With nearly 75 percent of American adults using at least one social network—half of whom belong to more than one—there is no doubt that social media has had a huge impact on society. In the medical profession, social media has traditionally been used on the client side, for comparing notes on a physician or medical office. Now social media is being used in ways that help medical professionals interact with patients, promote healthy living, and increase the overall quality of care.
Med school has changed over the years. Cadavers have been replaced by virtual autopsies and students can achieve most of a medical degree through online studies. Social media has taken a foothold in education and studies are showing that this is a good thing. According to an article published in Academic Medicine, medical educators are seeing a 71 percent increase in study engagement, and a 36 percent increase in student-professor interactions because of social media use. Medical schools are capitalizing on this phenomenon by offering students educational credit for online education within cyber-communities.
For a provider to be certified as a Patient-Centered Medical Home through the United States Agency for Healthcare Research and Quality, a provider needs to give educational resources and advice to at least 50 percent of patients on implementing healthy lifestyles, according to the NCBI. Medical providers are taking to social media to do this. Instead of mailing out costly brochures, providers are creating Facebook pages on which they give guidelines for a healthy lifestyle and participate in conversations about specific medical conditions. This demonstrates a patient-centered environment, and acts as a good marketing platform for the physician.
In the world of cybersecurity, some medical professionals do not want to take the risks associated with direct patient communication. The Facebook page for the Internet security firm Lifelock is full of risk information and suggestions associated with Internet fraud. Some medical professionals have opted to use social media to create health communities around specific conditions and topics. This allows the respondent the option of being anonymous and gives the medical provider a barrier to Internet-related security or privacy risks.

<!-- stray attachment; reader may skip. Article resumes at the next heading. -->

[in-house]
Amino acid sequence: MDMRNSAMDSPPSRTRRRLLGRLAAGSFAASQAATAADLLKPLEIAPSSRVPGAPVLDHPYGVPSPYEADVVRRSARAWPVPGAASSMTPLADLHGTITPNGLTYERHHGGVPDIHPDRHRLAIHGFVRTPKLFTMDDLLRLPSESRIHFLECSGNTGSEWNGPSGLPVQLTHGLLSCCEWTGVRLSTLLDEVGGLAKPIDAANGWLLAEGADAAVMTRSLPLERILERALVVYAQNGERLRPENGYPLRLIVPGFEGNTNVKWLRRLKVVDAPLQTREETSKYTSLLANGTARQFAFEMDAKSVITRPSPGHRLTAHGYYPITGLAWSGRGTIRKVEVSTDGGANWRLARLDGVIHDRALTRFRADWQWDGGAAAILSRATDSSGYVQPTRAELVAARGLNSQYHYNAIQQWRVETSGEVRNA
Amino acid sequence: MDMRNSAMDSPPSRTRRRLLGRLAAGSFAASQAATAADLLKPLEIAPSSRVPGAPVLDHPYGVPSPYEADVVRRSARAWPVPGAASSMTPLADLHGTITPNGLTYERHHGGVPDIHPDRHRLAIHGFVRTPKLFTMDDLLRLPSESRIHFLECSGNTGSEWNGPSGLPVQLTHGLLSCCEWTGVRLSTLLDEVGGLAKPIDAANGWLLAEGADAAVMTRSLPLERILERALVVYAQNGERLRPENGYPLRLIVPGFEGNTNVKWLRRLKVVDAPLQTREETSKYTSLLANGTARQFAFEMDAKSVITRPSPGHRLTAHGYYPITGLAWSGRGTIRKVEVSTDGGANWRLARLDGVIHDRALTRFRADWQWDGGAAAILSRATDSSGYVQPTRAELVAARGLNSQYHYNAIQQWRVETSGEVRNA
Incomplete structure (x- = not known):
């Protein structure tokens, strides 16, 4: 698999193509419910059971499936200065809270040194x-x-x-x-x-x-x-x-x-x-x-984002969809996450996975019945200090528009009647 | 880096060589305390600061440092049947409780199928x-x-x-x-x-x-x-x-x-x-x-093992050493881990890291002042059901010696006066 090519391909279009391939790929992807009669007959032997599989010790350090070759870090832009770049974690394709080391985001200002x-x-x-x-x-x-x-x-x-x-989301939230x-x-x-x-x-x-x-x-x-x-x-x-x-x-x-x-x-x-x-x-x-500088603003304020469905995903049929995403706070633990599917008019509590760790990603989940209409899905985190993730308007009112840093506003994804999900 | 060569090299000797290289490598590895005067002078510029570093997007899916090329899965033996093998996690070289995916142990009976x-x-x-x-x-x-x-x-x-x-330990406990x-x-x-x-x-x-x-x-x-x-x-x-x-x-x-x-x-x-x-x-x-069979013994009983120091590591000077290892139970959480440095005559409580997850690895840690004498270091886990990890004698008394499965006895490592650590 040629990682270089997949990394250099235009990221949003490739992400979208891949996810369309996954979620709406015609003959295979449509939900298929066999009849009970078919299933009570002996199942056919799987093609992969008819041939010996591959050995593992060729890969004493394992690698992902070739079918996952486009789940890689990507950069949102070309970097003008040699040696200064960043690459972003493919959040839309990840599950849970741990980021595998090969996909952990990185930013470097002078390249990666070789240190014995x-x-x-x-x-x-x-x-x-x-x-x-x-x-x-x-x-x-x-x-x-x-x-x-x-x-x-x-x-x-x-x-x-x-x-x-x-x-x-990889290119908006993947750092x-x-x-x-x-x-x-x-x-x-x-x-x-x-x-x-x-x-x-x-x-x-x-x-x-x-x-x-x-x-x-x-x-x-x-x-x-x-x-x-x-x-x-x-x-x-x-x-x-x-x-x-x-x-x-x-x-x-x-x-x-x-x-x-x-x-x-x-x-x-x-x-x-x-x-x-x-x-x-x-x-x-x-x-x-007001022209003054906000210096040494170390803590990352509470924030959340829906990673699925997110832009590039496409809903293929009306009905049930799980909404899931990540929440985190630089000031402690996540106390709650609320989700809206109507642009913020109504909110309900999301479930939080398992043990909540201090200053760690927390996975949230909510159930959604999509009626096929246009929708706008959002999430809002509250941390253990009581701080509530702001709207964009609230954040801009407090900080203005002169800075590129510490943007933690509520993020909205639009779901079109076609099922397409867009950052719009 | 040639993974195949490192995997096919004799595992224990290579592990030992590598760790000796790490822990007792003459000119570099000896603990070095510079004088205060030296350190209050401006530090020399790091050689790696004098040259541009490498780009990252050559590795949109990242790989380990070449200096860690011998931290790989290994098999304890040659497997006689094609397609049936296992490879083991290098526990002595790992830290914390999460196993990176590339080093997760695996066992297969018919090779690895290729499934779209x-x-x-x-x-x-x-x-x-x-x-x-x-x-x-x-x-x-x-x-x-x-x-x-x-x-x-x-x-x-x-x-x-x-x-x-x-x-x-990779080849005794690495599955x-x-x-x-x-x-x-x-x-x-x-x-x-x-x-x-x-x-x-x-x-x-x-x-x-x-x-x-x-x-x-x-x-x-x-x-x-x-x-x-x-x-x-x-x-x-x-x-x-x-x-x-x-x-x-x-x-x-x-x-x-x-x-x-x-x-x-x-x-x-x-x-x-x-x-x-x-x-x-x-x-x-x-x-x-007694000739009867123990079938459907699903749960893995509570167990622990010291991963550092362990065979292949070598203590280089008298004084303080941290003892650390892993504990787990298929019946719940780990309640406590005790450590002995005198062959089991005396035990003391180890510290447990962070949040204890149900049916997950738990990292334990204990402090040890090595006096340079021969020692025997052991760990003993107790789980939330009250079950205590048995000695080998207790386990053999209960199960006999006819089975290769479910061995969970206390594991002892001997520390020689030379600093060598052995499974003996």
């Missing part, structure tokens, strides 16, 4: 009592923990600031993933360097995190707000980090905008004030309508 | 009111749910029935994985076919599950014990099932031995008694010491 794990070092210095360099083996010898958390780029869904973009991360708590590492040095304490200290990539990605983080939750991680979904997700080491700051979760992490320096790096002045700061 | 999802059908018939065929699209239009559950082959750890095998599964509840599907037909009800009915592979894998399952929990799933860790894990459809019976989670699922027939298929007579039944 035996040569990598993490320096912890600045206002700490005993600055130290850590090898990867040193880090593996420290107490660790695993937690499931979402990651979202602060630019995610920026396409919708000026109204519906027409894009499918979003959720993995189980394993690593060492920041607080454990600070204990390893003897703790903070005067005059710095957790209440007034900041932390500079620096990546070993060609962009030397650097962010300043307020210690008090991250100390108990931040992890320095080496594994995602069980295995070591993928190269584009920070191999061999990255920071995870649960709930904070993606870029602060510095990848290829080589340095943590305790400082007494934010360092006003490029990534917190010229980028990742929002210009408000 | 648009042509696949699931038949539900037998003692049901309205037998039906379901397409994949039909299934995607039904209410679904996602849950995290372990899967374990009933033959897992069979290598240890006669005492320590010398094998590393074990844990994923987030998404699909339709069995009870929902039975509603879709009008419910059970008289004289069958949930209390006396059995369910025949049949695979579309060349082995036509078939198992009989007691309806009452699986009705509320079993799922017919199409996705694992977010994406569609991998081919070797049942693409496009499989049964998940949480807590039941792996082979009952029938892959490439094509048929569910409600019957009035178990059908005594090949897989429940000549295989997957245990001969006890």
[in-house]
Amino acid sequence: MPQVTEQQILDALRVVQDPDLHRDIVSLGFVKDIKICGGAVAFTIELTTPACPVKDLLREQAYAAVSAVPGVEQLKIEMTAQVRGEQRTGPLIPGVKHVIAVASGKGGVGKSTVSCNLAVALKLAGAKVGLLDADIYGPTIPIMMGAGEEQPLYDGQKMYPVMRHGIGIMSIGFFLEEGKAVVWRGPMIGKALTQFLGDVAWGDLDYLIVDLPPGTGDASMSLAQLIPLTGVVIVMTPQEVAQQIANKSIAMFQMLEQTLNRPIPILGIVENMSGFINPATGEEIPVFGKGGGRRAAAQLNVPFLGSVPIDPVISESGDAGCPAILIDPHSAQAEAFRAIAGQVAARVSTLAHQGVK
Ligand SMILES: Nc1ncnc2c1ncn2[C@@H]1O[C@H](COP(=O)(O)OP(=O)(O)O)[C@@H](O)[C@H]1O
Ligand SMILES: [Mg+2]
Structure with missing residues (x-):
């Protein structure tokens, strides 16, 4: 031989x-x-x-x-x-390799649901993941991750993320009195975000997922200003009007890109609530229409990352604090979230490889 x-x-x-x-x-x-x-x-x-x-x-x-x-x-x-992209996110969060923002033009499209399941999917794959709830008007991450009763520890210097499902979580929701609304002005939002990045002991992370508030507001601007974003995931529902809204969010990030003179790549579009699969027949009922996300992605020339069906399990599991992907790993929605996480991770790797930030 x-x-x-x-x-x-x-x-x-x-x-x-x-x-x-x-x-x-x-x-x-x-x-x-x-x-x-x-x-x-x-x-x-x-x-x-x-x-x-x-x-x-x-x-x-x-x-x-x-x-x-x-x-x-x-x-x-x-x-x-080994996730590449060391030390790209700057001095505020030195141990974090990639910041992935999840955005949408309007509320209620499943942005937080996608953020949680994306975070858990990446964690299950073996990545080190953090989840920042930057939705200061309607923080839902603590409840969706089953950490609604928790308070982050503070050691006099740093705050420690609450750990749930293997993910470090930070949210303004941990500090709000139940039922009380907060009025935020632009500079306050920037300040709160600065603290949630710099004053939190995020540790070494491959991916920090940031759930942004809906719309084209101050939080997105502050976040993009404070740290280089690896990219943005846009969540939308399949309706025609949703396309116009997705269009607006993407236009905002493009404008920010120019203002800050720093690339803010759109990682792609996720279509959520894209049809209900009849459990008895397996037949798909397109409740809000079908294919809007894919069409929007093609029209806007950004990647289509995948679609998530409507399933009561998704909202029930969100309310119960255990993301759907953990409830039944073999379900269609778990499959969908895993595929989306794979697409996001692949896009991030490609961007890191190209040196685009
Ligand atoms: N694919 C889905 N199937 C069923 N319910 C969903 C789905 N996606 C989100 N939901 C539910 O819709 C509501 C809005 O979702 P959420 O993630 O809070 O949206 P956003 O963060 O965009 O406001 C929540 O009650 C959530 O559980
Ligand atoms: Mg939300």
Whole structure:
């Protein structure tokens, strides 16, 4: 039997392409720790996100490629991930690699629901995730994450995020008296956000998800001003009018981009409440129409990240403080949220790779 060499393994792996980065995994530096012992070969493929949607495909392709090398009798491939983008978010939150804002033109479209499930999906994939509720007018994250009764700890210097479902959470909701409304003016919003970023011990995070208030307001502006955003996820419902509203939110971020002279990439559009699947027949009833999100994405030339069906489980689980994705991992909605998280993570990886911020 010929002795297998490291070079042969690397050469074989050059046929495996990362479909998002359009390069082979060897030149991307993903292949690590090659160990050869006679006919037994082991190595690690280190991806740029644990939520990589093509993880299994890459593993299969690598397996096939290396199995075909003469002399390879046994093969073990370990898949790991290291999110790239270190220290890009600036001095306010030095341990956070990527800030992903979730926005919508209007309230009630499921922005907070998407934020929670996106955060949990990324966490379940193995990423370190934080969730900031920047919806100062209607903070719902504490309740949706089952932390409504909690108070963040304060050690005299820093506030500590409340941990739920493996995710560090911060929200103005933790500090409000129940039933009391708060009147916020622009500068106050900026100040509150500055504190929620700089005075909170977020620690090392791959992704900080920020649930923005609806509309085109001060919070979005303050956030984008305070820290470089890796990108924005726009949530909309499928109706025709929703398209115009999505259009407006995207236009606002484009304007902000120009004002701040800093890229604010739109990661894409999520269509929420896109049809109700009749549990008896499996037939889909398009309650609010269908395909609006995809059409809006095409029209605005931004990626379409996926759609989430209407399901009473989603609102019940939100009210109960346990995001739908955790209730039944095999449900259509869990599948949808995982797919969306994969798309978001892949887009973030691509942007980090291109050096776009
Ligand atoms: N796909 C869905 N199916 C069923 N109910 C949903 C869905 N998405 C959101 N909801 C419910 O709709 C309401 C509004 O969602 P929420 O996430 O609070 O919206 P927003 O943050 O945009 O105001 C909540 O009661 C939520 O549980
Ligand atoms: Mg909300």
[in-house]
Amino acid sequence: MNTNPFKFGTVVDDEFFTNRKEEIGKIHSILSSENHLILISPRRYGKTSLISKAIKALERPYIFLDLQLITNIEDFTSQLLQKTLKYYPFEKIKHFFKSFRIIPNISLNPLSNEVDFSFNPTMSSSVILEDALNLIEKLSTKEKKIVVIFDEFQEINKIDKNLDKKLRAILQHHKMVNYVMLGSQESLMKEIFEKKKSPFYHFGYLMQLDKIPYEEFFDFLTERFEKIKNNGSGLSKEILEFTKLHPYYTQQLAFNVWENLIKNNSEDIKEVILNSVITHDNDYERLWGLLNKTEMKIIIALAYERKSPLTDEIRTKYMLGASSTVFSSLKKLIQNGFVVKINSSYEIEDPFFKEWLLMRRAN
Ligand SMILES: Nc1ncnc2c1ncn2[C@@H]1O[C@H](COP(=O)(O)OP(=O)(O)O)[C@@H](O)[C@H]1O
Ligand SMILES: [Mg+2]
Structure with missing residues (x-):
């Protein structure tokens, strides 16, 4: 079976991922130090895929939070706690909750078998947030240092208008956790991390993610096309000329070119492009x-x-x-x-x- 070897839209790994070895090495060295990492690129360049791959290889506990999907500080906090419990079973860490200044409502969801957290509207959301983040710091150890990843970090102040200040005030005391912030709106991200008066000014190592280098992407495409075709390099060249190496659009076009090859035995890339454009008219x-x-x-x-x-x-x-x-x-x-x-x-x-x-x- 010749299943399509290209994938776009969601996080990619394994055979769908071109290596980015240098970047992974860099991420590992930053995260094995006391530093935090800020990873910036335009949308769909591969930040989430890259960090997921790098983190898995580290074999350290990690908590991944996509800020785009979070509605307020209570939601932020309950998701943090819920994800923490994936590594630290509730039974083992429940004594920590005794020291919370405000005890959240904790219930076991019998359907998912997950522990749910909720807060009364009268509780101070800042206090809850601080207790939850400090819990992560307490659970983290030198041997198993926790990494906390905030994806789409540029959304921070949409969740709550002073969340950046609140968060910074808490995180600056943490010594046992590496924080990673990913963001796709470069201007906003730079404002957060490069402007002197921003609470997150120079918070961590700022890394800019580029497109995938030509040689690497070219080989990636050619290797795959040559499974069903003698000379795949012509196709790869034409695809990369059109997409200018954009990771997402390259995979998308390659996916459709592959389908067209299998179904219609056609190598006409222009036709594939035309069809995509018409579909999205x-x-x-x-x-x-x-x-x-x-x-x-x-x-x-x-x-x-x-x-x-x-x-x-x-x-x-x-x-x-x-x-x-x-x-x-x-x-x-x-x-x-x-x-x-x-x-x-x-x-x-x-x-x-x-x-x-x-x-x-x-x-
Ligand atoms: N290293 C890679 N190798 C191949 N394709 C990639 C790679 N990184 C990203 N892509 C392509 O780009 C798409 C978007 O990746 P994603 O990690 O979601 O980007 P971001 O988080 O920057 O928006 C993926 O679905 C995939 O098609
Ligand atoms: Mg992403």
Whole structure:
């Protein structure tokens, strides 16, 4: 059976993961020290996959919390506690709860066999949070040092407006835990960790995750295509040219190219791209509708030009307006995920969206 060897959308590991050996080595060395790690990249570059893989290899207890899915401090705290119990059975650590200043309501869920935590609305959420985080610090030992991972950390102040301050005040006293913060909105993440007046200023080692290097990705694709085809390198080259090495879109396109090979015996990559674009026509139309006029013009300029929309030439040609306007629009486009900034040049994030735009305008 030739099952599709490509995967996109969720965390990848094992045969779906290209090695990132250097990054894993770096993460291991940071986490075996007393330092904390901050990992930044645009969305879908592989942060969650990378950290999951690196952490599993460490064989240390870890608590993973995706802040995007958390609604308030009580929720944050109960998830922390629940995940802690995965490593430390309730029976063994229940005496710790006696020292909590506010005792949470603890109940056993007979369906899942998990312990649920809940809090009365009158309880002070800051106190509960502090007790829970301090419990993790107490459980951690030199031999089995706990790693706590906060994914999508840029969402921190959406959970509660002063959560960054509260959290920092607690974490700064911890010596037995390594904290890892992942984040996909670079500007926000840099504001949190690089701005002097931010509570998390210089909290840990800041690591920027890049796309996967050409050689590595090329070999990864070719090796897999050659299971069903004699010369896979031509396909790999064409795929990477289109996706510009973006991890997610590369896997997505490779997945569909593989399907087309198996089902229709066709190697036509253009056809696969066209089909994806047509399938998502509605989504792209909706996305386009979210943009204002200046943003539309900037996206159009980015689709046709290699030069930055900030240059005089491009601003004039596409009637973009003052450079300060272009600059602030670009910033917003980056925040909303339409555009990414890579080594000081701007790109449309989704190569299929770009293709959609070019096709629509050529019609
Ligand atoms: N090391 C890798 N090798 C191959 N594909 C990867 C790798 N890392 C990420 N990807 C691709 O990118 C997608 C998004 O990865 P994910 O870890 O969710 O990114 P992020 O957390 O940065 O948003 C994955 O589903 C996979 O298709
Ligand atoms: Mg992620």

At its most fundamental, social networks are simply formats for the transfer of data. Anywhere there is data, there will be research. If a social network is a collection of complex connections between people, where the nodes represent individuals and the associations between them show a variety of different social interactions, life scientists can use social networking to glean understanding of people’s medical behaviors and beliefs. According to Science Direct, factors like weight control triggers, smoking behaviors, and variations in grief can be analyzed through social media interactions. This wide use of social media means that the data will be robust, as it will have large sample sizes and a variety of demographics.
Guest author Victoria Campbell is a graphic designer who helps small businesses develop e-commerce sites to compete with the big boys.
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